Jun 07 2006
Senator Shelby’s floor statement, as prepared, is included below:
Mr. President, I rise today to voice my strong and unwavering support for a full repeal of the Estate Tax – or the Death Tax as it is often referred.
Mr. President, until World War I the United States government only imposed an estate tax or inheritance tax to raise revenue to fund expenses directly related to the necessities of war. Even then, the rate was measured.
However, that practice changed after World War I and unlike four previous occasions, the tax was not repealed once a peace agreement was reached. In fact, the tax continued to increase until it reached 70 percent during Franklin Roosevelt’s Administration.
Mr. President, what was once a means to finance war, eventually became a significant revenue stream that funded all aspects of a burgeoning federal bureaucracy. Today, the estate tax continues to provide a significant revenue stream to the federal coffers and functions as a redistribution of personal wealth and punishment to those successful business owners seeking a better way of life.
The death tax places an undue burden on our nation’s family-owned farms and small businesses. These individuals work tirelessly day in and day out to make their own way, to contribute to society and the economy only to be told their loved ones will be punished when they die. Too often, I hear of sons and daughters forced to sell a piece, if not all, of the legacy that their parents worked to create and sustain, simply to pay estate taxes.
Mr. President, that scenario is just wrong. We should not punish hard work and entrepreneurship – we should reward it. We should reward those that choose to continue their family businesses rather than shut them down. These people work hard to promote prosperity and growth in their local communities – only to be told by the federal government that in addition to the taxes they have paid each and every year, they must now pay an additional tax, the death tax, because someone died.
Mr. President, taxing death has a negative impact on the desire of Americans to invest and save. A basic economics class will teach you that savings and investment are positive for individuals, families, and our economy. Punitive taxes such as the estate tax, capital gains tax, dividend tax and the gift tax all have a negative impact on our overall economic growth.
In 2001, Congress acted to eliminate the estate tax by January 1, 2010. Unfortunately, this provision sunsets in 2011, just one year after it is fully repealed. As it currently stands, in 2011, the tax code is set to completely reverse all progress we have made to reduce the tax burden on our nation’s entrepreneurs. So, those who are not fortunate enough to die in 2010, will be faced with the prospects of their loved ones being responsible for as much as 55% of the estate’s assets.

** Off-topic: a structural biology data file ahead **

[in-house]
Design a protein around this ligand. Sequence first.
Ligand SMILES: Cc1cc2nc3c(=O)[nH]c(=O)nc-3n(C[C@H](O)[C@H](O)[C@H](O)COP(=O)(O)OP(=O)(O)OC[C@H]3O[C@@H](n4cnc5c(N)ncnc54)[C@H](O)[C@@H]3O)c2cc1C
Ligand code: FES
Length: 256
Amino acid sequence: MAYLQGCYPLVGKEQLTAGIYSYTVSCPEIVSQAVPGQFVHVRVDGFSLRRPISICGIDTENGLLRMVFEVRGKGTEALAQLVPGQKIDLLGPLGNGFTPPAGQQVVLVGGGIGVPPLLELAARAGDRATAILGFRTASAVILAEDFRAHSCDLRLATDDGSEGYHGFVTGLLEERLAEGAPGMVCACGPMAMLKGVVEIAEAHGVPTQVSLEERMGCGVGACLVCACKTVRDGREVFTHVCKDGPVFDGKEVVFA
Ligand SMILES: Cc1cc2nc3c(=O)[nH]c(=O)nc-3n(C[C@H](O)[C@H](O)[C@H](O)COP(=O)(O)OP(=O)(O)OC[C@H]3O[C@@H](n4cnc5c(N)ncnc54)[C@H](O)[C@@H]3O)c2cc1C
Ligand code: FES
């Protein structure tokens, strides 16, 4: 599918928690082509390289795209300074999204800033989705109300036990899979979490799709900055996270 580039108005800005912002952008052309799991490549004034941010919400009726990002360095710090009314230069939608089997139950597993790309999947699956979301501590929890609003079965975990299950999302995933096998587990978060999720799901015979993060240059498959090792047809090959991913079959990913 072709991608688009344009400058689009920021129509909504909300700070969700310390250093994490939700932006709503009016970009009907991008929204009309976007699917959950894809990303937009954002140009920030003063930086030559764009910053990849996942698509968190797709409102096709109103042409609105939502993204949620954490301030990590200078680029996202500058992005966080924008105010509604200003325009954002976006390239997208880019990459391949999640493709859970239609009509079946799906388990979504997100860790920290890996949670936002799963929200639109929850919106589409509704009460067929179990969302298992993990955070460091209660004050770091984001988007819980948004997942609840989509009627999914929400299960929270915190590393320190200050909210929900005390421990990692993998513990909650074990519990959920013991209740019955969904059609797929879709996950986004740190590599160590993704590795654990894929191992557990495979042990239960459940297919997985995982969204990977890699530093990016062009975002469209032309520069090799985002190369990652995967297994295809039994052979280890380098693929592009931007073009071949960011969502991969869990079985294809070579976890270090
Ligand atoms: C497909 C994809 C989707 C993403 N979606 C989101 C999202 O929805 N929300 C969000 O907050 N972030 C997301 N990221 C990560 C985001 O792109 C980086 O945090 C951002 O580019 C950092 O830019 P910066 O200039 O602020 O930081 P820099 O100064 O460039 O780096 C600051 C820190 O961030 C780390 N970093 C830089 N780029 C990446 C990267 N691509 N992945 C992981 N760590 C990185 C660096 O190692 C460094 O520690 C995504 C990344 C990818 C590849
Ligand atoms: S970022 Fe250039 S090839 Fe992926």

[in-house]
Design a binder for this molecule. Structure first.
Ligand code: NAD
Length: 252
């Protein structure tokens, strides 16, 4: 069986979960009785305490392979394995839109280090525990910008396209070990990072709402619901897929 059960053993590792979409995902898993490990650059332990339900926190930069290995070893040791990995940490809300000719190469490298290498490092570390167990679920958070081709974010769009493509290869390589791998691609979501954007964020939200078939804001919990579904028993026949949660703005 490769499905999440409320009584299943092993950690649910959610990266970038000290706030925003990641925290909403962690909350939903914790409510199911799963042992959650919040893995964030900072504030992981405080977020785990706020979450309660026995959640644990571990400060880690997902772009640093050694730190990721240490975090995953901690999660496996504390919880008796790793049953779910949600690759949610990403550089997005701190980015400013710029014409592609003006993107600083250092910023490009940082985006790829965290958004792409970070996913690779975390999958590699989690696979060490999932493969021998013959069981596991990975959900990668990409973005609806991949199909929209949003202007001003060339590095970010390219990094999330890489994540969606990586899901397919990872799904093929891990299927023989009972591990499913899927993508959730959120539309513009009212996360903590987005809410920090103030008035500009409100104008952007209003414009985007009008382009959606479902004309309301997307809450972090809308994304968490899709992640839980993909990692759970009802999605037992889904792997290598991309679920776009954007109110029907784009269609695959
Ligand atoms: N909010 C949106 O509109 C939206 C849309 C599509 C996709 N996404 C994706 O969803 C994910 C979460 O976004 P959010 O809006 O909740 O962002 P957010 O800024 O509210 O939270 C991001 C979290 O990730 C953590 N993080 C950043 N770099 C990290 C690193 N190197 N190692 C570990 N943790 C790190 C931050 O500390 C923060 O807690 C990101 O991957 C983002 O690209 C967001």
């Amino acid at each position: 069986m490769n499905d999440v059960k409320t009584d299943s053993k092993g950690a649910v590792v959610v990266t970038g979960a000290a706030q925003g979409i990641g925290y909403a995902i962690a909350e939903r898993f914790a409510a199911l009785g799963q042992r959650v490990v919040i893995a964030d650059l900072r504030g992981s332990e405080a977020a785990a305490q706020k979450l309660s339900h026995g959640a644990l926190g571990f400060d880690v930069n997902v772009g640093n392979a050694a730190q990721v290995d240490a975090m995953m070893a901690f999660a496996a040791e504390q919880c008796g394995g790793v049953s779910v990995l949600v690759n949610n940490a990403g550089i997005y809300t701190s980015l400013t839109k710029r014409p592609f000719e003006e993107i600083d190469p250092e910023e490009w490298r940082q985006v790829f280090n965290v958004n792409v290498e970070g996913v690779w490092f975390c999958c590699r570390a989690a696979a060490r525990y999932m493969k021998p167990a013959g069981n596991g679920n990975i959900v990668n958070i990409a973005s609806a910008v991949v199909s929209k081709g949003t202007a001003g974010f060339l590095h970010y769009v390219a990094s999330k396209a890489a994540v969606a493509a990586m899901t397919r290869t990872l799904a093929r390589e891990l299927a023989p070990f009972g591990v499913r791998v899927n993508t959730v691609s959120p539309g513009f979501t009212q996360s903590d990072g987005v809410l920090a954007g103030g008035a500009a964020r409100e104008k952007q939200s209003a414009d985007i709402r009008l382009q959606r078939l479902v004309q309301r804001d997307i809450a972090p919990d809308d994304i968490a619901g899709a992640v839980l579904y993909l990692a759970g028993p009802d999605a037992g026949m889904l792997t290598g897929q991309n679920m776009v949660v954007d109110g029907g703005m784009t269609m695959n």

Whether it is a construction company, a cattle farm, a medical practice, or any of a hundred other businesses, they all require significant capital investment in land, equipment, and/or materials that quickly overcome the threshold we will return to in 2011. These investments are not part of the business -- they are the business.
I am also concerned, that like the other taxes I mentioned earlier, the estate tax serves as a second bite at the apple. Our current tax system too often taxes income and then asks for more. The estate tax is one of the more egregious examples of this situation.
Mr. President, I believe the Federal government should work to minimize the burden on the American taxpayer and simplify our tax system. The estate tax is contrary to both of these purposes. It not only taxes assets a second time, it also is one of the more complicated taxes to comply with in our bloated tax code.
Mr. President, I believe repeal of the estate tax is one of many steps we, as elected representatives of our respective states, should take to spur economic growth, remove the burden on small business, and simplify our tax system and I urge my colleagues to support immediate and full repeal.
I yield the floor.